“I’ll tour until I die”: Looking back at two decades of the Swingin’ Utters with Darius Koski
On December 8, melodic-punk tastemaker Fat Wreck Chords will release a mammoth 33-song compilation from Bay Area punk band Swingin’ Utters called Drowning in the Sea, Rising With the Sun. The tracks on the double LP will stretch back to the group’s mid-90s days of yore up to and through its most recent full-length, 2014’s Fistful of Hollow.
To offer nothing more than a comment on the staying power of the veteran bands from the 90s west-coast punk scene would be doing them a disservice. Like so many of their contemporaries, the Swingin’ Utters have become an indelible part of the era’s sound, not only through a hard and fast commitment to their melodic street-punk brand, but also because of how easily their catalog alone could command a $10 bill in a jukebox. In anticipation for their Chicago show tomorrow night (find your tickets right here), we spoke to lead guitarist Darius Koski about the unwavering resolve of the Swingin’ Utters and what it means to be releasing a document of your history as a punk band.
RIOT FEST: Thirty years—let’s never mind the brief hiatus—nine studio albums, and a mass of singles and splits, what keeps the melodic street-punk sound of the Swingin’ Utters alive and vital today? Or rather what keeps you climbing up on that damn stage?
DARIUS KOSKI: I’m not totally sure, actually. We haven’t really ever been able to make a “living” off of it—I mean I’ve had a million day jobs over the years. I guess it’s all we’ve ever wanted to do. We’ve never lost interest in making music together, never lost interest in playing punk rock and touring. We never stopped writing, listening, being interested in the whole endeavor. I mean it’s a fucking grind, but I’ll tour until I die. Traveling and playing music for people in weird places you’d probably never go to otherwise? That’s always gonna be amazing and a privilege to me.
RF: How fortunate (and fun) was it to come up in the early-to-mid 90s amongst a fierce, influential California-bred Fat Wreck Chords roster of bands that included the likes of Good Riddance (also born in Santa Cruz!) and No Use for a Name? Was there a legitimate camaraderie amongst that geographic punk scene?
DK: I think there was a general camaraderie within the punk scene period, but I suppose it’s definitely magnified even more in specific areas (Boston, NYC, San Francisco, East Bay, LA, etc), and it’s always been like that. There was definitely a great camaraderie between all the bands on Fat (and that still exists).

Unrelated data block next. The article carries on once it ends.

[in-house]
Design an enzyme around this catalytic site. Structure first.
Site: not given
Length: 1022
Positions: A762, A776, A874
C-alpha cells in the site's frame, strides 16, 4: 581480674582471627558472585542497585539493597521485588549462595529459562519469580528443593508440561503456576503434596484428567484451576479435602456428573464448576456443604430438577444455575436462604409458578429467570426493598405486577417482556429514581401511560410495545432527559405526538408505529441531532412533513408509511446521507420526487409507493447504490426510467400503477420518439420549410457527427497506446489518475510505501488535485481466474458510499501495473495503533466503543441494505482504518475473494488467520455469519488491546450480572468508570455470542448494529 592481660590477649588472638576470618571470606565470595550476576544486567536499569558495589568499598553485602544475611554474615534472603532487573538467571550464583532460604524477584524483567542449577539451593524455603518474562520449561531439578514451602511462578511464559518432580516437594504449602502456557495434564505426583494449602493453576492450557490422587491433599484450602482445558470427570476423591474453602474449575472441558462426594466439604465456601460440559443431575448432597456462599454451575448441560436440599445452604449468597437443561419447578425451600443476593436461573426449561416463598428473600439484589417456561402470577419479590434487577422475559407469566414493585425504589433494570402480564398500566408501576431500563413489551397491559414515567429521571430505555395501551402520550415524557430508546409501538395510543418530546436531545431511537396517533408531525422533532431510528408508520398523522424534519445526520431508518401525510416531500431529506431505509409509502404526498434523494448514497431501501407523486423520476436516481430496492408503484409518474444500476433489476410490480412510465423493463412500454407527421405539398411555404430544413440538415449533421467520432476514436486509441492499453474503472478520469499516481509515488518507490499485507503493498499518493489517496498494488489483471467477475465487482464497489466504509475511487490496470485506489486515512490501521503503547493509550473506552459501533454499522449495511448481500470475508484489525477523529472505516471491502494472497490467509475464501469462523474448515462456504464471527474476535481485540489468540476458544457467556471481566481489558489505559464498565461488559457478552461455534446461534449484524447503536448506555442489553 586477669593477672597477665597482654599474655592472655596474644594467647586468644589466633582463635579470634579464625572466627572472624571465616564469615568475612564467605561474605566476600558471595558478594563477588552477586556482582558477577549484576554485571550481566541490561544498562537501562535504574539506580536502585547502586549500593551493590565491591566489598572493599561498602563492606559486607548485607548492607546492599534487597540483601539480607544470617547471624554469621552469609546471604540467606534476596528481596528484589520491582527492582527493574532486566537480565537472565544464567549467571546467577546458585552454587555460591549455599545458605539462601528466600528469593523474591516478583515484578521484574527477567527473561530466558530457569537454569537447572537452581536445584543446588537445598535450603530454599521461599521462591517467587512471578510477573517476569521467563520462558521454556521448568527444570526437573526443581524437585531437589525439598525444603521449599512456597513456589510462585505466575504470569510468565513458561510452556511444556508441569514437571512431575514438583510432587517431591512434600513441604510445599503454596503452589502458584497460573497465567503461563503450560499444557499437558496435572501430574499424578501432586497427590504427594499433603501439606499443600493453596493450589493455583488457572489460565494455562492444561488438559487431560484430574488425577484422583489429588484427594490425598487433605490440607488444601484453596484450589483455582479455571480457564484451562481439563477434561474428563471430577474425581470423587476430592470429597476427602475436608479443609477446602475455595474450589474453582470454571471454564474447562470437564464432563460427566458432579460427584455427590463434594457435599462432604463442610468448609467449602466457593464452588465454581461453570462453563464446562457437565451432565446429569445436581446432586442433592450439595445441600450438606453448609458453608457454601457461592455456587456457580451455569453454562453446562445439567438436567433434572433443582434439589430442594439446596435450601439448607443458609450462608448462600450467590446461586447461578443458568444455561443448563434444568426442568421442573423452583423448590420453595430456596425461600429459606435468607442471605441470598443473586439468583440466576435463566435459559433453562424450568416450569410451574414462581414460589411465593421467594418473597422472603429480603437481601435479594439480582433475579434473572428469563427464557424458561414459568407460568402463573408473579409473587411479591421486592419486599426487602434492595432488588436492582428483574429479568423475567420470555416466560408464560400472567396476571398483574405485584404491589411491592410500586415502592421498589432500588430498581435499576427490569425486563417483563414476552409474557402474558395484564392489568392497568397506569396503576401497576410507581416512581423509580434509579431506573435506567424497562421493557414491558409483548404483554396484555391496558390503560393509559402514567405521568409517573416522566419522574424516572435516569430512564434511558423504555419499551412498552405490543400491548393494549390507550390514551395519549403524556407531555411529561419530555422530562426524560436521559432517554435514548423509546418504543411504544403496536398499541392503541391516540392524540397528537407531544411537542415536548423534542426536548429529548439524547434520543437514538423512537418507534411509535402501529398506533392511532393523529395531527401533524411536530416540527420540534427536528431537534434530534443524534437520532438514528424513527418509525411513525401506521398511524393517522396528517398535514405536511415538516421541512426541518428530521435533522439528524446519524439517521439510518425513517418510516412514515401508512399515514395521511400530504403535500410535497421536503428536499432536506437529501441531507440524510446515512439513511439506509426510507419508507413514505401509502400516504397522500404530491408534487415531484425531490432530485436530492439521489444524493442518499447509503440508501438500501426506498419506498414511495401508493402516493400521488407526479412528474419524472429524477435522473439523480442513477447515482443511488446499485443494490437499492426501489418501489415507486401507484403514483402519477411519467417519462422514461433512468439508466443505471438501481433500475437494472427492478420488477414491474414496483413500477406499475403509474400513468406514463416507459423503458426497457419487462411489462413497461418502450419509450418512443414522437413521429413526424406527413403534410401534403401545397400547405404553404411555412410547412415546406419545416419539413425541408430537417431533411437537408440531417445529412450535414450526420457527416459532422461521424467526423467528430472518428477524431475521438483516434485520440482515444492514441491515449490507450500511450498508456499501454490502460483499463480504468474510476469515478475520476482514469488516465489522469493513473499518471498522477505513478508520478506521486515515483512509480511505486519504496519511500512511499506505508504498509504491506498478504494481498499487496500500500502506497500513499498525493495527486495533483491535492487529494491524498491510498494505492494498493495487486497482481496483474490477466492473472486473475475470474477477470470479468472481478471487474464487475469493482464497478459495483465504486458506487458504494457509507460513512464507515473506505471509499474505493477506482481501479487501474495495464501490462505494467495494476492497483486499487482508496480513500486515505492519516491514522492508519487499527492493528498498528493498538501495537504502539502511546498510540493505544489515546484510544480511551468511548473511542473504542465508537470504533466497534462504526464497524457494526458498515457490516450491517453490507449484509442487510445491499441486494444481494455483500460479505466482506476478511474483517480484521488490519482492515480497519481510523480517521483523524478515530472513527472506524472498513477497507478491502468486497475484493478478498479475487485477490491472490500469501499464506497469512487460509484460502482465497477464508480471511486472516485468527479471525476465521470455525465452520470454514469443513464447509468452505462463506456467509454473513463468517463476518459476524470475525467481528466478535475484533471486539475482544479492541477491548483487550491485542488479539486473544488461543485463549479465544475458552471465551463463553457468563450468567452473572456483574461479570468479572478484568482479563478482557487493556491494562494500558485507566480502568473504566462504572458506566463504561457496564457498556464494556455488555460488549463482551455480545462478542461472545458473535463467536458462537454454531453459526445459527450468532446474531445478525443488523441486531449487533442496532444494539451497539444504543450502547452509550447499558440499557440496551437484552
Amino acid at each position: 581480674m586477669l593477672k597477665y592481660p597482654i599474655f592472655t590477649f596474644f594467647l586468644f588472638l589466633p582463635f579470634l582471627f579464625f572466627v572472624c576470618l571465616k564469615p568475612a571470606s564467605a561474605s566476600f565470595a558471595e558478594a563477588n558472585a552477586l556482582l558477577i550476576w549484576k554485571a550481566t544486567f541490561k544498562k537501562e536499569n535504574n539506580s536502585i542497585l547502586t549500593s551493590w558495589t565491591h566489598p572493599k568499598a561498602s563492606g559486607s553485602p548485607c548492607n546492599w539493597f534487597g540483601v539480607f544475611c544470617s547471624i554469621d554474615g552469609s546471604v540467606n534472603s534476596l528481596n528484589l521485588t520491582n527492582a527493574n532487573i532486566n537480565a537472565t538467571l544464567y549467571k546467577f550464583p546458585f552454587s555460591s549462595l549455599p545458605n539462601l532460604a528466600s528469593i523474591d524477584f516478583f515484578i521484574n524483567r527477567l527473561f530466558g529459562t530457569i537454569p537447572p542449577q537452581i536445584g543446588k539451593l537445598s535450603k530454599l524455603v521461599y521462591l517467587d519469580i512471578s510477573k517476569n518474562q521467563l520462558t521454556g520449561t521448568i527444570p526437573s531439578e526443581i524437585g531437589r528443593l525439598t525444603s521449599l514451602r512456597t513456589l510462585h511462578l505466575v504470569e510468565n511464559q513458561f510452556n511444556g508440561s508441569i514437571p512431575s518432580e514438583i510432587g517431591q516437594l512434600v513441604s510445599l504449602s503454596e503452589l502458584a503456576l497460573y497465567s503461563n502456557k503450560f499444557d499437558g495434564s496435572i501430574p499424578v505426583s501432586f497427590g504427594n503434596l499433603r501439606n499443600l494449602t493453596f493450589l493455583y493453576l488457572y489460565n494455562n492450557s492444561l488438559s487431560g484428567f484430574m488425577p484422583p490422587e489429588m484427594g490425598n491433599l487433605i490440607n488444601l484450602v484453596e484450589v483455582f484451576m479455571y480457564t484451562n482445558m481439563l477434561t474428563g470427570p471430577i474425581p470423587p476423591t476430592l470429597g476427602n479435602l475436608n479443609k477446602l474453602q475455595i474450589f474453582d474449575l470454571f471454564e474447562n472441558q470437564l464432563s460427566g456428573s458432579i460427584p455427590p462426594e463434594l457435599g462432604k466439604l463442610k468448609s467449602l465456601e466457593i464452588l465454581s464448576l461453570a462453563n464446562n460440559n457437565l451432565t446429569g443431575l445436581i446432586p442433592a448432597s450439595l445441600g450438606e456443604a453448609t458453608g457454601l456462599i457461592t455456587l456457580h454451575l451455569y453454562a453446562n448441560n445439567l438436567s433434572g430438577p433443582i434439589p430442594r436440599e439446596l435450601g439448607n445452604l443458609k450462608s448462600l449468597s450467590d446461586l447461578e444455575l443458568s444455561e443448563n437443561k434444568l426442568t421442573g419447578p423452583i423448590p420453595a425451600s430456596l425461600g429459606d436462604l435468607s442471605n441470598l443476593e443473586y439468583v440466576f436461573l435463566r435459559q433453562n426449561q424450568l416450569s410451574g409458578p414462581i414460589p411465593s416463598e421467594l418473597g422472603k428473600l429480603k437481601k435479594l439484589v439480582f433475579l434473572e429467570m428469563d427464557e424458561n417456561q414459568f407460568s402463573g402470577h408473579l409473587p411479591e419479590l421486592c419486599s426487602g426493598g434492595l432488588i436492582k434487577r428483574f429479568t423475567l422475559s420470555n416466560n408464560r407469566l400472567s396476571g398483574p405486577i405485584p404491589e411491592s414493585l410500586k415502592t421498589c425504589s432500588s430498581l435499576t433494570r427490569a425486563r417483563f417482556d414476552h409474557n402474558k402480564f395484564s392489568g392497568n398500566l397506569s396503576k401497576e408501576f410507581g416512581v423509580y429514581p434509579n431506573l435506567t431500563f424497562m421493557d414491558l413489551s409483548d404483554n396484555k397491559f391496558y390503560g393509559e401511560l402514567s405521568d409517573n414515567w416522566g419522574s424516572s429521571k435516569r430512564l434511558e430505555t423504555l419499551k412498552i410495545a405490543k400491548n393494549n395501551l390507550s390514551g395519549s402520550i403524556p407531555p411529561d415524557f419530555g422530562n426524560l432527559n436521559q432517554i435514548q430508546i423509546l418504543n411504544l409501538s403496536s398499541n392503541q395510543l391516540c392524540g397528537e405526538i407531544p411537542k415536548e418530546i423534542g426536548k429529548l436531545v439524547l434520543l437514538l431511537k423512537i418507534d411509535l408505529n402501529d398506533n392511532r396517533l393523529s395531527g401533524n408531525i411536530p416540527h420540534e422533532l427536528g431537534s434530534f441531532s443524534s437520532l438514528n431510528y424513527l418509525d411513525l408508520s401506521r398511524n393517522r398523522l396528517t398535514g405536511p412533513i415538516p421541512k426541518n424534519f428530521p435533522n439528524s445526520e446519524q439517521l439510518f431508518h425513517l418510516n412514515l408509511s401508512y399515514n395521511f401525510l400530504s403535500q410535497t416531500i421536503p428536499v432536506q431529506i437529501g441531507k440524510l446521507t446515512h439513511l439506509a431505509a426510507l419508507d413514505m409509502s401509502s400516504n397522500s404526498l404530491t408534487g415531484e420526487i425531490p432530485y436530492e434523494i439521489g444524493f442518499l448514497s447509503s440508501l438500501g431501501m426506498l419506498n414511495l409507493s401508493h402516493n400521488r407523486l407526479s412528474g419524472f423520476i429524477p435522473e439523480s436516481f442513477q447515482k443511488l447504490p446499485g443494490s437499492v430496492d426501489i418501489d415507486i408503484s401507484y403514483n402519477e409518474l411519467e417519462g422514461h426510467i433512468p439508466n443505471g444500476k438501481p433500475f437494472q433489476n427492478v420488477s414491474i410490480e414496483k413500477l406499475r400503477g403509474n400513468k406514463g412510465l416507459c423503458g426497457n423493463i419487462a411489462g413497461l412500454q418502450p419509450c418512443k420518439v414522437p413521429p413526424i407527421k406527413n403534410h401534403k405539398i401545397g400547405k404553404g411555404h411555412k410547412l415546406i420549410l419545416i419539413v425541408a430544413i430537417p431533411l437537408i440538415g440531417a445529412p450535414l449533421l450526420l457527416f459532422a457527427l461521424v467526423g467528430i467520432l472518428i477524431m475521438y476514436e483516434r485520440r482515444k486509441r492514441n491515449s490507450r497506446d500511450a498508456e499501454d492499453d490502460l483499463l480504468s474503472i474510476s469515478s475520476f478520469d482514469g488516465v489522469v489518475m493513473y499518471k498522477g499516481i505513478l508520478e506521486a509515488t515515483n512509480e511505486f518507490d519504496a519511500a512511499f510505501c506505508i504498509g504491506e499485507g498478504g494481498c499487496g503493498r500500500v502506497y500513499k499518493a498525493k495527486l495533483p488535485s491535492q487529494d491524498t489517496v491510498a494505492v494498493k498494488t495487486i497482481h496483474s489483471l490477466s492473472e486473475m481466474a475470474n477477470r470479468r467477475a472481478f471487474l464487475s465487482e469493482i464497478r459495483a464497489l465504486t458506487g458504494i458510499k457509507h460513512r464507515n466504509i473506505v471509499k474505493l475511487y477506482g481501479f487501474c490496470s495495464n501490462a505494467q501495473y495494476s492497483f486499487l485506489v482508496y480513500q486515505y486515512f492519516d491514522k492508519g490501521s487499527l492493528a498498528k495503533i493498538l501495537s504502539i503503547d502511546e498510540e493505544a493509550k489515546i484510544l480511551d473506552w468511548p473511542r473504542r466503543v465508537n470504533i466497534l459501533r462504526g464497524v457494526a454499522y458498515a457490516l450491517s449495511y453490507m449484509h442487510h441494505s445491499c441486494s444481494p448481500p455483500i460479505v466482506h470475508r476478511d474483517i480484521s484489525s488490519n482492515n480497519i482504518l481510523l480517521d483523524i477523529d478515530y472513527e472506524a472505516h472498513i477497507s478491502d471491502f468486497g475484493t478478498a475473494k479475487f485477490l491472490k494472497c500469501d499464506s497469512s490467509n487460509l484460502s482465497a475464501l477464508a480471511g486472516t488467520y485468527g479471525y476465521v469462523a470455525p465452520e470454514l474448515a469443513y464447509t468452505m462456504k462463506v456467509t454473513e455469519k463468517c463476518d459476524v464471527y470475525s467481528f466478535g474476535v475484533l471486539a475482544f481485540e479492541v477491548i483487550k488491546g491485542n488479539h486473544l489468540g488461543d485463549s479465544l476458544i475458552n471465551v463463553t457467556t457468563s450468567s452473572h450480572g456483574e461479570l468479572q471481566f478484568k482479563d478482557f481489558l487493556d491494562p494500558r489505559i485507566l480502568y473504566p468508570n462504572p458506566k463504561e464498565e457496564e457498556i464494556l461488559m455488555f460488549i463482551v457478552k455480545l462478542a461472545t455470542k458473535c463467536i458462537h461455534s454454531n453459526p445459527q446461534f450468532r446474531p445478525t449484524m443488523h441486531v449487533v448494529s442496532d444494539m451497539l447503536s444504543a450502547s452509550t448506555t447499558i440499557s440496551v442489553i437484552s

RF: Speaking of Fat Wreck Chords, the giant 33-song compilation Drowning in the Sea, Rising With the Sun drops on the label very soon. How painstaking was it to choose tracks for a compilation of that size?
DK: It was me, Chad [Williams], and Fat Mike basically making lists and emailing them to each other over and over, arguing and debating the merits of whatever songs we were championing. We basically just came to a consensus in the end. I mean, it was hard. I wanted to pick all of my favorite songs, but realized that, in the end, it’s a compilation of our fans’ favorite songs from our catalog. I’m really stoked about it, it’s a total honor, and it looks GREAT. I’ve always wanted a double-album gatefold LP, and here it is! Very exciting.
RF: What tracks from the comp do you feel define specific eras of the Swingin’ Utters more than others? Which, for instance, do you associate most with A Juvenile Product of the Working Class and why? Five Lessons Learned? Poorly Formed?
DK: I think it’s different for everyone, but I think for me, the lead-off tracks on a lot of those records really set the tone and defined what was to come for the rest of the record. So for Juvenile I’d say “Windspitting Punk,” for Five Lessons I’d say the title track, and for Poorly Formed I’d say “The Librarians Are Hiding Something.” They’re all really energetic, and we still play them live at pretty much every show.
RF: No doubt you’ve played certain songs hundreds of times—”Next in Line” comes to mind, for instance—but what cuts from your catalog never grow tired, both in accordance with how you play them on stage and how the crowd reacts to them?
DK: Of the older staples that we play pretty much every night, I still love playing “Pills & Smoke,” “Untitled 21,” “Five Lessons Learned,” and “Glad” is pretty fun too. I actually really enjoy playing just about everything from the Dead Flowers record on. The crowd’s reactions and attitude definitely matters, though. I mean, I don’t really like playing “Next in Line,” but people love that song, and we totally feed on that energy.
RF: Finally, what’s next for a band that just released a double LP that essentially encapsulates its history in punk music?
DK: More of the same! Hopefully another record within the year and more touring. I’m not stopping until I have to.